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Price to Sales (P/S) Ratio and Formula

Price to Sales (P/S) Ratio and Formula

Investors use the Price to Sales ratio, which is also commonly known as the P/S ratio, to measure how a company’s share price compares to its revenue over the last 12 months. The P/S ratio may also be thought of as how much investors are ready to pay for each dollar of a company’s sales. It is one of several criteria investors use to assess equities and determine whether a specific store is cheap or overpriced. The “normal” or “average” P/S ratio varies by industry. Relative to its share price, the lower the P/S Ratio, the higher is its sales. The P/S ratio is defined as a company’s share price to its revenue. Some investors regard firms with lower P/S ratios than similar businesses in the same industry as cheap in the absence of additional variables (and stocks with higher ratios overvalued).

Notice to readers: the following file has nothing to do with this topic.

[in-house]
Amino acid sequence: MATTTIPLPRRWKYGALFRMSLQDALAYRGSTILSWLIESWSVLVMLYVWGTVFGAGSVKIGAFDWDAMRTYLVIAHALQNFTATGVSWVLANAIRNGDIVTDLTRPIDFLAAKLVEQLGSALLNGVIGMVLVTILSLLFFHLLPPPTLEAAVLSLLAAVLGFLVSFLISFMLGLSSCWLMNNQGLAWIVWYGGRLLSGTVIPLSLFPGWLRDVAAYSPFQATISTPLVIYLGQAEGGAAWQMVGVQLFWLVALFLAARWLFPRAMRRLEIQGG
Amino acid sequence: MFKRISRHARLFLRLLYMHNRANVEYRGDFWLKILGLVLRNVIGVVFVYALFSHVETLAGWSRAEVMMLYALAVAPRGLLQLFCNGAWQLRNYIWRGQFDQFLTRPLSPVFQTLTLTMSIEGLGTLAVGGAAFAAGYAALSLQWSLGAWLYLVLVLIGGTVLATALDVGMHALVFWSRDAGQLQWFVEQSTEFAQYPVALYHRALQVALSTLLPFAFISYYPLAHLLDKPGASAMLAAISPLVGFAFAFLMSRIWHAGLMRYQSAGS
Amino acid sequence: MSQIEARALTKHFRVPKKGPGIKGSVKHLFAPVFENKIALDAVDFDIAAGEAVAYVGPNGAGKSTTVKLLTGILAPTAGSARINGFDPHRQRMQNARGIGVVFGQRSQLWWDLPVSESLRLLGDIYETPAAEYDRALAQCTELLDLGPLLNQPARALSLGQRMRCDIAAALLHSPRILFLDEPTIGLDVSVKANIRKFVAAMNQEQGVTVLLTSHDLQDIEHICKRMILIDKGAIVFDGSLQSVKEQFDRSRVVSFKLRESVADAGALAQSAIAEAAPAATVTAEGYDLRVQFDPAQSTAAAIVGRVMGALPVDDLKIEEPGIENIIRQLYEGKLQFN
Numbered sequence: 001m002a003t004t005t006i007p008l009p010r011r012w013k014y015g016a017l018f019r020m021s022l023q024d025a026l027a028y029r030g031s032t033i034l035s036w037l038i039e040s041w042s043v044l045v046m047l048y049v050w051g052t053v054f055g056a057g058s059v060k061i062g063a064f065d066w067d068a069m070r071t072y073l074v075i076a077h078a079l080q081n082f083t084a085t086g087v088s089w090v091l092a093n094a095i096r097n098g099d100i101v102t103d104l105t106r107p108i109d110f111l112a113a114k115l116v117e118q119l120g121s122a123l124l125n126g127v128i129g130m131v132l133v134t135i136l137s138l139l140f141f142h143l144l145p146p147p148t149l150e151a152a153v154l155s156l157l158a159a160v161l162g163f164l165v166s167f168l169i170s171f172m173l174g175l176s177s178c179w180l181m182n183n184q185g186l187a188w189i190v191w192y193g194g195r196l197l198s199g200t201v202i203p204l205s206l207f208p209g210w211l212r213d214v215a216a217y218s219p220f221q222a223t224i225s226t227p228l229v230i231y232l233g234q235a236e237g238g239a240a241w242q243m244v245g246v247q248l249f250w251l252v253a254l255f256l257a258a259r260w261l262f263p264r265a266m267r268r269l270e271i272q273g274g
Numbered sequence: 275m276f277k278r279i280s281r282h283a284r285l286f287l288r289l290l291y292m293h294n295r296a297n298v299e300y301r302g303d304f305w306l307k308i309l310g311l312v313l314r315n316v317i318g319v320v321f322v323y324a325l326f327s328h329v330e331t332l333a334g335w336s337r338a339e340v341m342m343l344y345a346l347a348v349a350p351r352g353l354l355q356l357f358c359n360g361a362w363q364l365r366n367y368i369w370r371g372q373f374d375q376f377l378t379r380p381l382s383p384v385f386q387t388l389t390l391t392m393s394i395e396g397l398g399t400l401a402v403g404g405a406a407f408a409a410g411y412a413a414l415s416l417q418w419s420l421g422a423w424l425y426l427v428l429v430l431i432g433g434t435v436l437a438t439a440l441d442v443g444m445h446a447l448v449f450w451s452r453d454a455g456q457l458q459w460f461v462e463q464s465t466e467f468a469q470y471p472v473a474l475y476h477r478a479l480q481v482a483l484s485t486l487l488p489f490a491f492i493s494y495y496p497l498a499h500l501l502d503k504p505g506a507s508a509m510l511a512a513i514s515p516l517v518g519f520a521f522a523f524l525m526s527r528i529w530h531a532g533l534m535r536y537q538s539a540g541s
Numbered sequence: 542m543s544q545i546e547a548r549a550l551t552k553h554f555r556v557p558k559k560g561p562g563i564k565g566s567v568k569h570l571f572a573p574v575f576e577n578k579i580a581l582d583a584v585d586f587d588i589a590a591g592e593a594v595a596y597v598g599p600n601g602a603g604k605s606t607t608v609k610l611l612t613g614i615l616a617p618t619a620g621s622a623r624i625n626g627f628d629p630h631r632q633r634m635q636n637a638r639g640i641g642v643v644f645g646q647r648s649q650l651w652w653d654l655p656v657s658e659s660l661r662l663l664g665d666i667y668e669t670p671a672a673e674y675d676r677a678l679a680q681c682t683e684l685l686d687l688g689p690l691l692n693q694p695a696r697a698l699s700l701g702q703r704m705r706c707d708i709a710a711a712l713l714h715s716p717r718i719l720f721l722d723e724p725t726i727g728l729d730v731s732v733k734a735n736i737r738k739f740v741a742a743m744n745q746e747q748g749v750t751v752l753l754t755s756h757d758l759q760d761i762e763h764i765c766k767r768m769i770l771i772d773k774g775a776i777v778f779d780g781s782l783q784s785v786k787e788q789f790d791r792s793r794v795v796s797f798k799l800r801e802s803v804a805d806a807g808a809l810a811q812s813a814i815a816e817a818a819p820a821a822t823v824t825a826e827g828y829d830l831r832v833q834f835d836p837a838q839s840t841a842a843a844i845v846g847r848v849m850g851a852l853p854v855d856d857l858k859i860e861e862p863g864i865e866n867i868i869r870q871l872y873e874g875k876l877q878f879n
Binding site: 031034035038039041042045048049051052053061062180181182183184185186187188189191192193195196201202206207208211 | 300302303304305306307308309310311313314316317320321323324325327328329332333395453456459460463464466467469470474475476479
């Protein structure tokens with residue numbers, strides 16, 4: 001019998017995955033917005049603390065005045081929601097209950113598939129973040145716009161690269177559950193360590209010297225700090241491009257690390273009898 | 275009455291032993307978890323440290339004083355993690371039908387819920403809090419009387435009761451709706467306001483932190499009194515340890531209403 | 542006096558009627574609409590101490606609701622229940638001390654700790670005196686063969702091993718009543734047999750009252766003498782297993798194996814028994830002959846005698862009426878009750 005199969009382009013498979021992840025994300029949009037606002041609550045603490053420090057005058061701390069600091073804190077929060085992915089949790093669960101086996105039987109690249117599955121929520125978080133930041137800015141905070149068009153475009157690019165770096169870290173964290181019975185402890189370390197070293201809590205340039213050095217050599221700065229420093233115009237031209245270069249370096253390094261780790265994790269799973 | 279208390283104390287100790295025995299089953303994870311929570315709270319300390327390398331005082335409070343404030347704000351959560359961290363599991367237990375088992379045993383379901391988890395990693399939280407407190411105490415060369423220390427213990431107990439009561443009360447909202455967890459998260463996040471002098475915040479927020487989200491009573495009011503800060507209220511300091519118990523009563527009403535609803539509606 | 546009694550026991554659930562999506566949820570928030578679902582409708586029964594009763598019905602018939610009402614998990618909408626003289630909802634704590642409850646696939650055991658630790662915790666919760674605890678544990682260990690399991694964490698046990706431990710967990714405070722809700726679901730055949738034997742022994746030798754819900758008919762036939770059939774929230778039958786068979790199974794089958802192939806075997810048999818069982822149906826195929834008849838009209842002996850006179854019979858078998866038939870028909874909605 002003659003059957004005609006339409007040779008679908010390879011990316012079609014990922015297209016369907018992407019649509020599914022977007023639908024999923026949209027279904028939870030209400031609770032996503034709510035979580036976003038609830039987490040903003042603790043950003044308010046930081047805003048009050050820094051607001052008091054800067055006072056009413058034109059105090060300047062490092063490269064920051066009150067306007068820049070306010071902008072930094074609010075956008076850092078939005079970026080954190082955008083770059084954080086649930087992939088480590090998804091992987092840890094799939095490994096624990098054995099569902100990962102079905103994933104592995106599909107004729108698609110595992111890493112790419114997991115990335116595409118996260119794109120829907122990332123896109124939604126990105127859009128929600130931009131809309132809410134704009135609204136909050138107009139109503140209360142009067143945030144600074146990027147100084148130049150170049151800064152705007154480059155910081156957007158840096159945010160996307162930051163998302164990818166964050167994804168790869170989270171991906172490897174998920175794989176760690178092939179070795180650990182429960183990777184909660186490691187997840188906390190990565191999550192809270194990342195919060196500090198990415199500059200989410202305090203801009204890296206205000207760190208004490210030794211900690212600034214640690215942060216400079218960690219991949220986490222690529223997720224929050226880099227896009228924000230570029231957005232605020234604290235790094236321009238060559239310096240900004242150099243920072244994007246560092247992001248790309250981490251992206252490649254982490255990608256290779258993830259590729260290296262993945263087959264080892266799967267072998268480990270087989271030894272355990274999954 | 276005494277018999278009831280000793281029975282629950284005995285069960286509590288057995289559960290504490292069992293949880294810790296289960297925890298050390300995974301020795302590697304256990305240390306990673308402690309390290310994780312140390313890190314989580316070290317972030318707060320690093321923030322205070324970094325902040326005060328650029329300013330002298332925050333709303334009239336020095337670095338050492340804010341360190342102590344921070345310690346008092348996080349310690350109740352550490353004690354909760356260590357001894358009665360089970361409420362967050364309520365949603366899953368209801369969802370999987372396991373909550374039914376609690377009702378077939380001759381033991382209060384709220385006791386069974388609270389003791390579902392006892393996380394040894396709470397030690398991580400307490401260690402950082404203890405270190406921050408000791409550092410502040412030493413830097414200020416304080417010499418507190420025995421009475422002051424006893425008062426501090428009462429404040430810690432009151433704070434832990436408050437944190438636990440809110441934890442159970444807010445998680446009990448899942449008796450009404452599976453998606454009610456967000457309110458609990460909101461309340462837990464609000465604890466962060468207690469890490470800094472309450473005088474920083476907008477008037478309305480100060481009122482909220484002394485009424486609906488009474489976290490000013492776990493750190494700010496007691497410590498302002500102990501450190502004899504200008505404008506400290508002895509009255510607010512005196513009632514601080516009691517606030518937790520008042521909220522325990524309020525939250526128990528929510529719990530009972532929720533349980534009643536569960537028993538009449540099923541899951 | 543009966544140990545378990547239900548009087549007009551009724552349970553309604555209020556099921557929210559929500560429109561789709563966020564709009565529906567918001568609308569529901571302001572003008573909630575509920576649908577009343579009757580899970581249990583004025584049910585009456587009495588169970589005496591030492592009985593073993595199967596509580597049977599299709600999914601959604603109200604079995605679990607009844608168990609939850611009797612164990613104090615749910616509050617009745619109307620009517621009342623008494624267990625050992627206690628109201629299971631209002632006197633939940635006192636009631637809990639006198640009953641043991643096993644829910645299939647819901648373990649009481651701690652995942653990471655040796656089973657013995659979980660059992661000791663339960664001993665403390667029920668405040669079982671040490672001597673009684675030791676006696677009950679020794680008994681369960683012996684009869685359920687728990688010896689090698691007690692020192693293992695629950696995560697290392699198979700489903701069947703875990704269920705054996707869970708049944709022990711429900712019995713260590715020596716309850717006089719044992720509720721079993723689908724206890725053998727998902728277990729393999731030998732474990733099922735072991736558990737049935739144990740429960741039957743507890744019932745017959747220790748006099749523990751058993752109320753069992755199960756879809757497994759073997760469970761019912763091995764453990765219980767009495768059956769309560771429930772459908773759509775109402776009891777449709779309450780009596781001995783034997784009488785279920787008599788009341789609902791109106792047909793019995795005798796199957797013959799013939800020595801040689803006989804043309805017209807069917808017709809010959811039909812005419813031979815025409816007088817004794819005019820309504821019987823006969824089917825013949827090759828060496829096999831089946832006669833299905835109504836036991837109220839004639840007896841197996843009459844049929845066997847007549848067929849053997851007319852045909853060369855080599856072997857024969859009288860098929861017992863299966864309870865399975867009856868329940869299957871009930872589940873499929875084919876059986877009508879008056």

How to Calculate Price to Sales Ratio

The price to sales ratio is computed by dividing the stock’s market price by the number sold. It may also be determined by dividing its market capitalization by trailing twelve month sales.

Price to Sales Ratio =Stock Price/Sales per Share

Another way to calculate it, is:

Price to Sales Ratio =Market Cap/Trailing Twelve Month Sales

The Price to Sales ratio is commonly used to analyze the value of cyclical equities and is excellent for assessing firms in the investing phase. The ratio illustrates how long it takes for a company’s sales to match its market capitalization. If a company’s Price to Sales is 3, its sales will take three years to equal its market capitalization. Alternatively, the ratio may be considered the amount of money that investors are ready to spend for every rupee that the firm generates in sales.


Company X has $4 million in net revenue and 400,000 shares outstanding. At the time of writing, the stock is trading at $20. This means its market capitalization is $8 million ($20*400,000).

Price-to-Sales Ratio for Company X = 8,000,000/4,000,000 = 2

Now we’ll compare X to Company Y, one of its competitors.

Company Y also claims $4 million in net sales and 400,000 shares outstanding. The stock is now selling for $100. This means its market capitalization is $40 million ($100*400,000).

Price-to-Sales Ratio for Company Y = 40,000,000/400,000 = 10